Intersectionality and trauma analysis in bioarchaeology.

It is demonstrated that a broken bone is the intersecting result of biological, histomorphological, sociocultural, and behavioral factors, which allows for a better acknowledgement of the inherent complexity of past lives, elevating and amplifying previously silenced voices.

Missing data and multiple imputation in clinical epidemiological research

Multiple imputation is an alternative method to deal withMissing data, which accounts for the uncertainty associated with missing data, and provides unbiased and valid estimates of associations based on information from the available data.

References

SHOWING 1-10 OF 45 REFERENCES

Association of stressful life events with incident falls and fractures in older men: the Osteoporotic Fractures in Men (MrOS) Study.

Stressed life events significantly increased risk of incident falls independent of other explanatory variables, but did not independently increase incident fracture risk in this cohort of older men.

Epidemiology of falls and osteoporotic fractures: a systematic review

Fall rates are higher in women than in men in Western community-dwelling populations and lower in East Asian populations.

Risk factors for hip fractures. A review.

Risk factors for hip fracture have been reviewed based on case-control and prospective follow-up studies and indicate that the prevention of hip fractures is realistic, even in the elderly and definitely osteoporotic population when these fundamental risk factors are modified.

Major life events as antecedents to hip fracture.

Older persons who had sustained a fall-related traumatic hip fracture experienced an increased number of major life events compared with a nonfracture population sample of community-dwelling elderly controls.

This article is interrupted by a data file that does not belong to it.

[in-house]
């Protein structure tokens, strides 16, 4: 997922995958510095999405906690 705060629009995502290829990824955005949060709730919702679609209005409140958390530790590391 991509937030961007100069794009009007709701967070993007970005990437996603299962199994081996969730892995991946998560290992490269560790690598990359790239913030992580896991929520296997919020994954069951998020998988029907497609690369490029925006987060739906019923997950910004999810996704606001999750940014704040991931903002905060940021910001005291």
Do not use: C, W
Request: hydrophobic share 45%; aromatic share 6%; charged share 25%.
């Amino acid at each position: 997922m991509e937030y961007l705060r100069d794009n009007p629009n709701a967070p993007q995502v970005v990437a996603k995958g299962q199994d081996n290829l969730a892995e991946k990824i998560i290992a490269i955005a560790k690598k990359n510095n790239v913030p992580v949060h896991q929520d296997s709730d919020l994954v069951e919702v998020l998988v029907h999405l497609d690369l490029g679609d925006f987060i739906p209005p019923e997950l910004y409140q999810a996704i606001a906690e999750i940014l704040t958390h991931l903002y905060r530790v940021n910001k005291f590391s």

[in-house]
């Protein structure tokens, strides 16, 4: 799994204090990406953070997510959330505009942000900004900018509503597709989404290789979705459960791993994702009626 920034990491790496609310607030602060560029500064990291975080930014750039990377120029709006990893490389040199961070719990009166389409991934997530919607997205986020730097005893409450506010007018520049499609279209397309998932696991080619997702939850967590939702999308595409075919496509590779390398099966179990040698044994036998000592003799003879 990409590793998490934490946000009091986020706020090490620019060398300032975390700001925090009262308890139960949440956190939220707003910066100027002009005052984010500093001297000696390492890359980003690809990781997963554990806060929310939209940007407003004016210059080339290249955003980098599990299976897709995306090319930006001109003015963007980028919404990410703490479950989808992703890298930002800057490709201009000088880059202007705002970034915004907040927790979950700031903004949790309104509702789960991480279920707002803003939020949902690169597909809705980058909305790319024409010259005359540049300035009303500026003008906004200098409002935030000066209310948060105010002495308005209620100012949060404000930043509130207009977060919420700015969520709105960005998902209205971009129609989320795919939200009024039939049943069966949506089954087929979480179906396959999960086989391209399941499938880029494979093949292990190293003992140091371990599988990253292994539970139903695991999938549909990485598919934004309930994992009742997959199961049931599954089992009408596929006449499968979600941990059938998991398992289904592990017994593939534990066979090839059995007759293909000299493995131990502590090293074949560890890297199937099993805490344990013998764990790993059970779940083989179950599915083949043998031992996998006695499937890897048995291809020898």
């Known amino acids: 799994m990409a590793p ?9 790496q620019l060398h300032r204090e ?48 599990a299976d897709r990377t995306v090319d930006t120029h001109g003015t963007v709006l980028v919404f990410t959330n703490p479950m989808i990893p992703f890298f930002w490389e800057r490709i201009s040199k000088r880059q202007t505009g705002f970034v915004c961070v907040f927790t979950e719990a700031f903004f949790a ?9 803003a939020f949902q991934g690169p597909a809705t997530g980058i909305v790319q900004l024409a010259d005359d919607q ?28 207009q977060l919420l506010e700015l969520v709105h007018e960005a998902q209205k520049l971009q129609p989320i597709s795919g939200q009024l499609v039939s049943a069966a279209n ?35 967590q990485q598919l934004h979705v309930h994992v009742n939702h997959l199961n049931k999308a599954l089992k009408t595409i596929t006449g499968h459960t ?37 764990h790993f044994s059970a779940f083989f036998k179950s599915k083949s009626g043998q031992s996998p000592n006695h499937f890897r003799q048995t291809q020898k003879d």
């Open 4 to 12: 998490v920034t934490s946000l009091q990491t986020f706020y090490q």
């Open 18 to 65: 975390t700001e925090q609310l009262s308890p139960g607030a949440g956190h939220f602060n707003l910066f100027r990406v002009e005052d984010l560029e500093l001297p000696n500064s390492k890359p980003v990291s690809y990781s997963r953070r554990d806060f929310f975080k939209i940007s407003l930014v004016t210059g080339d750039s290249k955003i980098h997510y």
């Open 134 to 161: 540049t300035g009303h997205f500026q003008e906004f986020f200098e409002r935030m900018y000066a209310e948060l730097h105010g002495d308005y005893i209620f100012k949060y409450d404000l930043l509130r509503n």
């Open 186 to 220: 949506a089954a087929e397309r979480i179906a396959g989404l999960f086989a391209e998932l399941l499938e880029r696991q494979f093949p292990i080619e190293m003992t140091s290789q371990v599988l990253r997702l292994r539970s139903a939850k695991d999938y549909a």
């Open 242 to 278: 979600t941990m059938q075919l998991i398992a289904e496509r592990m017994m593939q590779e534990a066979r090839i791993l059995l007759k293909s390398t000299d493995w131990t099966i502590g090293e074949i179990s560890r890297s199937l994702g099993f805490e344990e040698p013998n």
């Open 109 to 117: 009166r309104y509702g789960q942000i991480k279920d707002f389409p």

Osteoporosis in the European Union: medical management, epidemiology and economic burden

In spite of the high social and economic cost of osteoporosis, a substantial treatment gap and projected increase of the economic burden driven by the aging populations, the use of pharmacological interventions to prevent fractures has decreased in recent years, suggesting that a change in healthcare policy is warranted.

The relationship of depression, anxiety and stress with low bone mineral density in post-menopausal women

The findings provide supporting evidence for the existence of associations between mood variables and decreased BMD.

A systematic review of hip fracture incidence and probability of fracture worldwide

Worldwide, there are marked variations in hip fracture rates and in the 10-year probability of major osteoporotic fractures that cannot be explained by the often multiple sources of error in the ascertainment of cases or the catchment population.

Comorbidity and mortality following hip fracture: a population-based cohort study

Hip fracture increased 1-year mortality more than 3-fold compared with mortality without hip fracture, and the presence of selected comorbidities further increased the risk of mortality after hip fracture among hip fracture subjects.

Does the perception that stress affects health matter? The association with health and mortality.

Both higher levels of reported stress and the perception that stress affects health were independently associated with an increased likelihood of worse health and mental health outcomes.

Use of Oral Corticosteroids and Risk of Fractures

The results quantify the increased fracture risk during oral corticosteroid therapy, with greater effects on the hip and spine than forearm, which has implications for the use of preventative agents against bone loss in patients at highest risk.